The Week of Champagne and Ice T

At the risk of having Cindy Adams come for me… I must express that the events of last week can truly happen “only in New York”.

Last week, I accompanied one of my girlfriends to a screening in Tribeca of Ice T’s directorial debut “Something from Nothing: The Art of Rap”. The nearly two-hour long documentary was a love letter to the craft of the Rap/Hip Hop genre, in which the former rapper turned actor and reality television star waxes poetic and gets poetic with over thirty-five legendary (and soon to be) hip hop artists.

With a roster that included Big Daddy Kane, KRS One, Lord Jamar of Brand Nubian, Kool Keith, Run DMC, Grandmaster Caz, Afrika Bambaataa, Mc Lyte, DJ Premier, Raekwon, Dr. Dre, Ice Cube, Snoop Dogg, Eminem, Nas and Kanye West — to name a few — it was a miracle that Ice was able to edit his four hours of footage to make an entertaining and still relevant movie. That he not only had them speak their mind and occasionally display their varied styles, and manage to squeeze a few classic tracks in for the soundtrack clearly shows his love of the art that got him where he is today, and shows what he’s learned from the lucrative one he currently embraces.

Of course, there will be some questions as to some notable omissions, but the OG director assured the audience it was more a matter of scheduling and content, and encouraged any potential filmmakers in attendance to carry the torch and continue the story. “The artists I included were the ones I had direct contact to,” he explained. “These were the people I came up with and the music I listened to. Y’all can make another movie!”

From my personal thoughts and experience, I felt Ice’s message and the movie was right on time. In a day and age where most “Hip Hop” currently being played on the radio is heavily materialistic and misogynistic, the original storytellers who created songs about struggling with poverty and racism  are becoming forgotten heroes. It’s his hope that the film becomes part of a curriculum for future students to understand the origin and history of the music they’ve come to identify with in various forms, and not to forget those who laid the foundation for the current crop of “entertainers”.

That being said, the move is a must-see for my generation and beyond, and not just for the nostalgia. Sitting across from Ice T (which was a moment in itself), it was hard not to catch the intensity in his face… somewhat akin to that of an artist who just unveiled his masterpiece for the world to interpret. While the rest of us laughed, cheered when we saw our favorite artists and bumped to the familiar tunes, he simply looked at the screen; pleased with the story he had begun and eager to see who would take on the next chapter.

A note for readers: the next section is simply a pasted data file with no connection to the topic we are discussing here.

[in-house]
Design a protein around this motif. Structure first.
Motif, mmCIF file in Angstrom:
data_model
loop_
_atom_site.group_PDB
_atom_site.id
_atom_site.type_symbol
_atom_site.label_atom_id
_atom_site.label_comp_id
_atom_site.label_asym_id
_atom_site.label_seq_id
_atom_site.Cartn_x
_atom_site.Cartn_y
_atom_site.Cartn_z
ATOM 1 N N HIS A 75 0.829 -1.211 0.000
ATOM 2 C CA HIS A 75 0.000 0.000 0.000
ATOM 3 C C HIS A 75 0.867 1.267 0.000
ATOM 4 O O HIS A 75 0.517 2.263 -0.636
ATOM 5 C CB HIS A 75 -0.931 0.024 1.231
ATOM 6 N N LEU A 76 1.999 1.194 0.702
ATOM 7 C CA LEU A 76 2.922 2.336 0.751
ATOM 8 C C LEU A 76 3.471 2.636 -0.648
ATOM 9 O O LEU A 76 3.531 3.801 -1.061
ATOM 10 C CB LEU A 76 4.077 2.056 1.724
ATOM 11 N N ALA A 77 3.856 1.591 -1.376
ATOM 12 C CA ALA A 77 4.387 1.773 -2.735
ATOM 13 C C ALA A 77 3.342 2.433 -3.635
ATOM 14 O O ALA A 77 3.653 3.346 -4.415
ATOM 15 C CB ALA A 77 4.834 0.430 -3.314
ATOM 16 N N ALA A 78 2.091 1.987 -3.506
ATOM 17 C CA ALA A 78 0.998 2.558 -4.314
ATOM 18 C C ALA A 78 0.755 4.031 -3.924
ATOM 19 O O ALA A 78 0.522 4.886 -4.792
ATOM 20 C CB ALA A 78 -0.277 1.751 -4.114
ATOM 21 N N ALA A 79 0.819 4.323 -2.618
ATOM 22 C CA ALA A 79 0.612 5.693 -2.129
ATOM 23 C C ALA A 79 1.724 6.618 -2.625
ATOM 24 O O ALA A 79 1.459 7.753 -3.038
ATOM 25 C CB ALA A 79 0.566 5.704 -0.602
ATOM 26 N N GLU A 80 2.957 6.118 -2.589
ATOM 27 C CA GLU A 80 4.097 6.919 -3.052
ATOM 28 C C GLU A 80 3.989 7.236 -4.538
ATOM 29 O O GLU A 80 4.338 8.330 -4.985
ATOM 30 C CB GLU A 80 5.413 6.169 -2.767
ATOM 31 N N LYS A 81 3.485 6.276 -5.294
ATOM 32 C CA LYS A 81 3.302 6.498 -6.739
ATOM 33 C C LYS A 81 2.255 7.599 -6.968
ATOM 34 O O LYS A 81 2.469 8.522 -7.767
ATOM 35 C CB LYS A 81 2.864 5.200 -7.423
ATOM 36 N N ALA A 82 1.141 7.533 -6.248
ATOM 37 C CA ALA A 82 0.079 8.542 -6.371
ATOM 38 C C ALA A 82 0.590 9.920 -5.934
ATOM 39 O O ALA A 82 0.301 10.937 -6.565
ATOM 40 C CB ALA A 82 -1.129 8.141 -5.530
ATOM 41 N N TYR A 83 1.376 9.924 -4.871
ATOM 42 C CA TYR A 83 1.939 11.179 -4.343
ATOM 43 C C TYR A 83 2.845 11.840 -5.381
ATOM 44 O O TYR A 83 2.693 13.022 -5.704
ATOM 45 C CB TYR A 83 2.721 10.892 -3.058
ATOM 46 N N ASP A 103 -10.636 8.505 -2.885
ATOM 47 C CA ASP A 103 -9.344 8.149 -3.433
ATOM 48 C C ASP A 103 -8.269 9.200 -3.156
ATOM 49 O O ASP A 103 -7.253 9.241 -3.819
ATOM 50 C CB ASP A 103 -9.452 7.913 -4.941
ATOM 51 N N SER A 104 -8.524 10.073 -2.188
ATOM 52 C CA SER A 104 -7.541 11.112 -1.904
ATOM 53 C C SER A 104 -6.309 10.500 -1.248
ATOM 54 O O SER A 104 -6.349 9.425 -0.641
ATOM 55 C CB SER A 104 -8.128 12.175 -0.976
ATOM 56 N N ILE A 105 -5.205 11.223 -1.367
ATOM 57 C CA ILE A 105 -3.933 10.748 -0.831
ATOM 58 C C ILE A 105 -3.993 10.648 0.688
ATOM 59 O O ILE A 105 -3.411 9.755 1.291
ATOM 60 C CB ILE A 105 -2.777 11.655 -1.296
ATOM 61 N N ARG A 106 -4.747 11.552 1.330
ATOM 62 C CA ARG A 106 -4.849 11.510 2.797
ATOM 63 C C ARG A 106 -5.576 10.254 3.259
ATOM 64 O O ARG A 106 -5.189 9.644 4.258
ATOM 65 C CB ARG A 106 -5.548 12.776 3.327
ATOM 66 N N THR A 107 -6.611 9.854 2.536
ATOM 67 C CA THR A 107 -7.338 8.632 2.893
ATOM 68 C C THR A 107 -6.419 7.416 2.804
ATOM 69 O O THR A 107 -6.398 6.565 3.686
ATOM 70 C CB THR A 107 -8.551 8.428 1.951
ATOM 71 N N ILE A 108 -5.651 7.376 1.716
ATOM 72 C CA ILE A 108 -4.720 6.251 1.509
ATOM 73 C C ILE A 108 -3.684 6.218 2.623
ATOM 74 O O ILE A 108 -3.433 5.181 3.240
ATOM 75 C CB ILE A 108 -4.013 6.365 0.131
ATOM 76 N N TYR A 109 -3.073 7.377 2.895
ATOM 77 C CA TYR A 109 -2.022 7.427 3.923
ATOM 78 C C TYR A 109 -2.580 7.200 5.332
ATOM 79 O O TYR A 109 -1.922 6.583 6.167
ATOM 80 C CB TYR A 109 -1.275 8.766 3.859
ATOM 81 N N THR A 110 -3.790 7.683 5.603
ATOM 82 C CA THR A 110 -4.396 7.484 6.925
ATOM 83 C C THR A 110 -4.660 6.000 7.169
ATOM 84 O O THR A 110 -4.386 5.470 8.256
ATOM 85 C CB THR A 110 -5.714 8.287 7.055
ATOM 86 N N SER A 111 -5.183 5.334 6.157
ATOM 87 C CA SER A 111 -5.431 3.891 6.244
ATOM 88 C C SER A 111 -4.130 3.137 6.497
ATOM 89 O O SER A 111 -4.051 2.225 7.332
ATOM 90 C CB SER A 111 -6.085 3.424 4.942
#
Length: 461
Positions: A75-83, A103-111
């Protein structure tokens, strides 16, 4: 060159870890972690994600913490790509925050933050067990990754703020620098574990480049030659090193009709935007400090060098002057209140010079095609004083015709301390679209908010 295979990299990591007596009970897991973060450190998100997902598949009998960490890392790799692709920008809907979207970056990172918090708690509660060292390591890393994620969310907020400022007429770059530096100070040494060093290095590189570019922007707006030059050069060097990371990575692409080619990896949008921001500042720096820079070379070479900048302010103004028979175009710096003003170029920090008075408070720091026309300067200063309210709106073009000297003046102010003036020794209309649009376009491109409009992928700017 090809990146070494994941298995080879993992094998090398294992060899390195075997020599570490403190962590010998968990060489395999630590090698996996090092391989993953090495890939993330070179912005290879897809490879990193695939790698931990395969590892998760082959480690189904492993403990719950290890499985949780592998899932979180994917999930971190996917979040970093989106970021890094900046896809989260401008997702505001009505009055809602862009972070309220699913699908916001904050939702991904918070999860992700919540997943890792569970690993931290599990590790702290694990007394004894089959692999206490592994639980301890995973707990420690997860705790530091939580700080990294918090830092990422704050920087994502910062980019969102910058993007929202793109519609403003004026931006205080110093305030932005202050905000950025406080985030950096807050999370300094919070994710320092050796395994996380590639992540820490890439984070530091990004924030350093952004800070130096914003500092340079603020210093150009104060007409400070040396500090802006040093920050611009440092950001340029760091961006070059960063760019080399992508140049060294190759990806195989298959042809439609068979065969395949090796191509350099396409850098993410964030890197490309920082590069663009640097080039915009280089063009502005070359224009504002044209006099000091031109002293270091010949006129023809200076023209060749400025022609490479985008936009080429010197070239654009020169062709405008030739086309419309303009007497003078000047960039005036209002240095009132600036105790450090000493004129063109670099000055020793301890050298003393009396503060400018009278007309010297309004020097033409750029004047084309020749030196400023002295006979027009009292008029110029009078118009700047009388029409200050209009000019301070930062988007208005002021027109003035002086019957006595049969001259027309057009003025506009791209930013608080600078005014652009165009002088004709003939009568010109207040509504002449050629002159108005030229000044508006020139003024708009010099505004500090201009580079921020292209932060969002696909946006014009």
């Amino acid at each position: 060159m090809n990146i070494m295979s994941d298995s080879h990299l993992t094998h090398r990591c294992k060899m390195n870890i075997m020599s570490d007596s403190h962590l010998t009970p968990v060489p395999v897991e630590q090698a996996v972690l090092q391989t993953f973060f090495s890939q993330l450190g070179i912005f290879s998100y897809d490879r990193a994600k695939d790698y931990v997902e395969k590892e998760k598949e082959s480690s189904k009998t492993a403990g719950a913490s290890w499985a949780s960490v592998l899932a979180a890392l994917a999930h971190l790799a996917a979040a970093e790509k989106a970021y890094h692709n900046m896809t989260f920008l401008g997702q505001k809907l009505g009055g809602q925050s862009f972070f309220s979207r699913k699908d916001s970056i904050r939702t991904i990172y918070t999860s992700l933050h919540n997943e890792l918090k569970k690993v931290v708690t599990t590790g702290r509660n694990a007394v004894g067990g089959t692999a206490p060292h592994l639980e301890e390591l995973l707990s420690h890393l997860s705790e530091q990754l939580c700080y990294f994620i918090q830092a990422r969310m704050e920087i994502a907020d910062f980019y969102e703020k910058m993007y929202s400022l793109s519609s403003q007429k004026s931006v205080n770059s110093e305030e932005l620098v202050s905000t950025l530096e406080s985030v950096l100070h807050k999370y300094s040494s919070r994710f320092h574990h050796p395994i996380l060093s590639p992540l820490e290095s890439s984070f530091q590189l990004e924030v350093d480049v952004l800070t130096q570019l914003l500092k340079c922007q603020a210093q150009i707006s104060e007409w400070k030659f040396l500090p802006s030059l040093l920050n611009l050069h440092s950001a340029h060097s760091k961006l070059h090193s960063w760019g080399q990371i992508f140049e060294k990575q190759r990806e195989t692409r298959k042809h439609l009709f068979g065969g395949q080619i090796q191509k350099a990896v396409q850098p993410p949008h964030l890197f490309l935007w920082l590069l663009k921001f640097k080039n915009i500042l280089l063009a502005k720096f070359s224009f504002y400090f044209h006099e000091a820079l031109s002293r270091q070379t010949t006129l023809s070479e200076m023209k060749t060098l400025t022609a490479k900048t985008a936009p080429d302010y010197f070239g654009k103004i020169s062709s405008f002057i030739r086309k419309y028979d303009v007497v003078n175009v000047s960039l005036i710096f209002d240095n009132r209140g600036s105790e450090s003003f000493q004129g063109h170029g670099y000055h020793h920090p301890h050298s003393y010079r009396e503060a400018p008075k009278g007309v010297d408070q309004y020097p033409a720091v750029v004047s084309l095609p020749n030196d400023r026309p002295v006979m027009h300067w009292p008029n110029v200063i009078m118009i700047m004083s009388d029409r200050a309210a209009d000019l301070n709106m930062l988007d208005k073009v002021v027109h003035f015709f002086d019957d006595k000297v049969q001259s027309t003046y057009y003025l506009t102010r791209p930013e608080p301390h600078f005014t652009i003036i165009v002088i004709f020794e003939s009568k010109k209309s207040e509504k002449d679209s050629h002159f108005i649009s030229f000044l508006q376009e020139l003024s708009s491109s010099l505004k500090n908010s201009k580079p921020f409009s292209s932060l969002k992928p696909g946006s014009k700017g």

A few days later, I would go from Hip Hop to the Horsey set.

Attending the Fifth Annual Veuve Clicquot Polo Classic is the only acceptable reason to dress up for a picnic. Although I sadly didn’t bring a large hat to wear, I managed to have a nifty basket on loan which drew lots of envy, and the dubious honor of being one of the relative few “ethnic” attendees.

While I frown upon the obscene markup of the champagne bottles, there is something to be said about taking  a ferry on a sunny Saturday to the picturesque Liberty Island and indulging in a day of watching and meeting beautiful people and Polo players like Nacho Figueras, while sipping bubbly. Yes, the game is essentially an abridged version of soccer played with horses, mallets and smaller balls, but there’s a grace and majesty in it nonetheless that should at least be experienced once.

…And the way I see it, if you’ve owned a garment or fragrance by Ralph Lauren or watched “Pretty Woman”, it’s sort of rite of passage, really.

It’s all the more fun when you’re there with a globe-trotting, social-climbing bestie, who serves up wicked commentary on fashion and feet faux pas while on the prowl for his next heiress. Sadly, he only got to take pictures with a bevy of leggy models and a few fierce sisters. Tough life. 

And what were they playing at this upscale soiree, where Clive Owen, Rachel Zoe, Zoe Saldana, and Padma Lakshmi whooped it up in VIP, and men wearing boater hats and cravats bought bottles of Veuve in nifty carrying cases to share with women dressed in their finest CFDA-approved outfits? Biggie, Jay-Z and Kanye, of course!

Upon return to the island of Manhattan, while the polo masses headed to Beauty & Essex — no doubt to partake of even more champagne in the ladies room (seriously, my friends and I spent a good half hour or more in there once) — I joined the rest of Brooklyn for a night of music, comradery and art with free admission at the Brooklyn Museum’s Target First Saturdays.  Surveying the crowd, I knew Ice T would have had a proud papa look to see the mass of men, women and children dancing to what is now old-school Hip Hop.

It only seemed appropriate to end the night having faux-southern cuisine at Pies N’ Thighs in the hipster enclave that is now Williamsburg. A day full of juxtapositions called for mac and cheese that seemed more “gourmet” than “Georgia”.

I can, and will, go so many places in this world, but only in New York can I have a week, a night, and a life that allows me to be all things and still remain true to myself… and have a blast learning in the process.

There might be a Jay-Z song for that…

 

 

Advertisements

Leave a Reply

Fill in your details below or click an icon to log in:

WordPress.com Logo

You are commenting using your WordPress.com account. Log Out / Change )

Twitter picture

You are commenting using your Twitter account. Log Out / Change )

Facebook photo

You are commenting using your Facebook account. Log Out / Change )

Google+ photo

You are commenting using your Google+ account. Log Out / Change )

Connecting to %s